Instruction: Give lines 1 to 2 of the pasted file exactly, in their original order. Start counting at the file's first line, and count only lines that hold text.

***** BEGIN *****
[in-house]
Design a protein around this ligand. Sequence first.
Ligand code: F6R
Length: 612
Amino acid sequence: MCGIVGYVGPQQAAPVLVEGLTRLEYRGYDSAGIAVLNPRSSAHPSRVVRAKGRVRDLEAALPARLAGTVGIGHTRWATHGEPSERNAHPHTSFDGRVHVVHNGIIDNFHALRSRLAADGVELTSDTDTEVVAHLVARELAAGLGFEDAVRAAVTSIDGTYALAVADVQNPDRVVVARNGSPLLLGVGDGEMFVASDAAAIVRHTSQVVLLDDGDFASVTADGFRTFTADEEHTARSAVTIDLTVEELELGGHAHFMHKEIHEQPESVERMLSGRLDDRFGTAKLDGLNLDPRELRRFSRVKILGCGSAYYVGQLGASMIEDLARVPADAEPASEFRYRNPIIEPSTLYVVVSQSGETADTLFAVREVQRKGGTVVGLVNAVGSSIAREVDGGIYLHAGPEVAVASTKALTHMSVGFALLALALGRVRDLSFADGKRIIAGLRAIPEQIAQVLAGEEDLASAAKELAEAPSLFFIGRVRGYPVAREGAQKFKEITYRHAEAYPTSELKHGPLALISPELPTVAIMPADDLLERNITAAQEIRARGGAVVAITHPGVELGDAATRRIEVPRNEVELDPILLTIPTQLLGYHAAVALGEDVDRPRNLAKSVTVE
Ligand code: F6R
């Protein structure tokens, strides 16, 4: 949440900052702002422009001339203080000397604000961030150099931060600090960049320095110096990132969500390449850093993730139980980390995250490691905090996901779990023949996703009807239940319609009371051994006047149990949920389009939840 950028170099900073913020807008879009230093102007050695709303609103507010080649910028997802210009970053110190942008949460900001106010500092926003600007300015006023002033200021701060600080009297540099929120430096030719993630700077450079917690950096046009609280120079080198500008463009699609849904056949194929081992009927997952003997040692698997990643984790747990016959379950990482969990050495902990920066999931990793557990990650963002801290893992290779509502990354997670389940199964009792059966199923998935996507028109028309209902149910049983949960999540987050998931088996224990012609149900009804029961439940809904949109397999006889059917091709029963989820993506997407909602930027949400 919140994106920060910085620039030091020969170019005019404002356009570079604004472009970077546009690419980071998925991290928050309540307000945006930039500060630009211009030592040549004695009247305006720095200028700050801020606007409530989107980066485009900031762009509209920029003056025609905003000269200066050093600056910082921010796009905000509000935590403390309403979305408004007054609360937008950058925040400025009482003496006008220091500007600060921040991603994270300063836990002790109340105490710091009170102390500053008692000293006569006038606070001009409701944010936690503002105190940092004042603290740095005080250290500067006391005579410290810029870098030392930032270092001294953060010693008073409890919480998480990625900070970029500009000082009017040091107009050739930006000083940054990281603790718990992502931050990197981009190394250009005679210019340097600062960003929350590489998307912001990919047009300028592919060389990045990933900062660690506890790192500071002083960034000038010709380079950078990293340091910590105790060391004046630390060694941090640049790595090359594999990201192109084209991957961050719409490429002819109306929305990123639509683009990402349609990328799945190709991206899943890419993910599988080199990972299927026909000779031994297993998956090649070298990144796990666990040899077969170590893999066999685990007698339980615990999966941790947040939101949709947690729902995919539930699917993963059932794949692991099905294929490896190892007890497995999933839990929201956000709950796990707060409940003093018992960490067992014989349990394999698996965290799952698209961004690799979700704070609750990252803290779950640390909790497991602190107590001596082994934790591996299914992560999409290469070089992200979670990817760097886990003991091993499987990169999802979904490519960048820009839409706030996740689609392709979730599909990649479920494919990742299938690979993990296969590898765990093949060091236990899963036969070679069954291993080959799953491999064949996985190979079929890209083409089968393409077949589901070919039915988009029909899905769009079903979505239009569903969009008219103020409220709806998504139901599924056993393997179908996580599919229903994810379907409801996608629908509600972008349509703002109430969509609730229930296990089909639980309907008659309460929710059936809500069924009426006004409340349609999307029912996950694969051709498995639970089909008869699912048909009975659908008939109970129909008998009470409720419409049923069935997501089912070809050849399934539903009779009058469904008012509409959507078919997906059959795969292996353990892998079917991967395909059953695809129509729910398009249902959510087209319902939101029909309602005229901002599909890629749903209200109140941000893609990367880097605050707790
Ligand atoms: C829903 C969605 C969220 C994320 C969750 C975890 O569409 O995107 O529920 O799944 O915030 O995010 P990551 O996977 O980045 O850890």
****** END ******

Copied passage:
[in-house]
Design a protein around this ligand. Sequence first.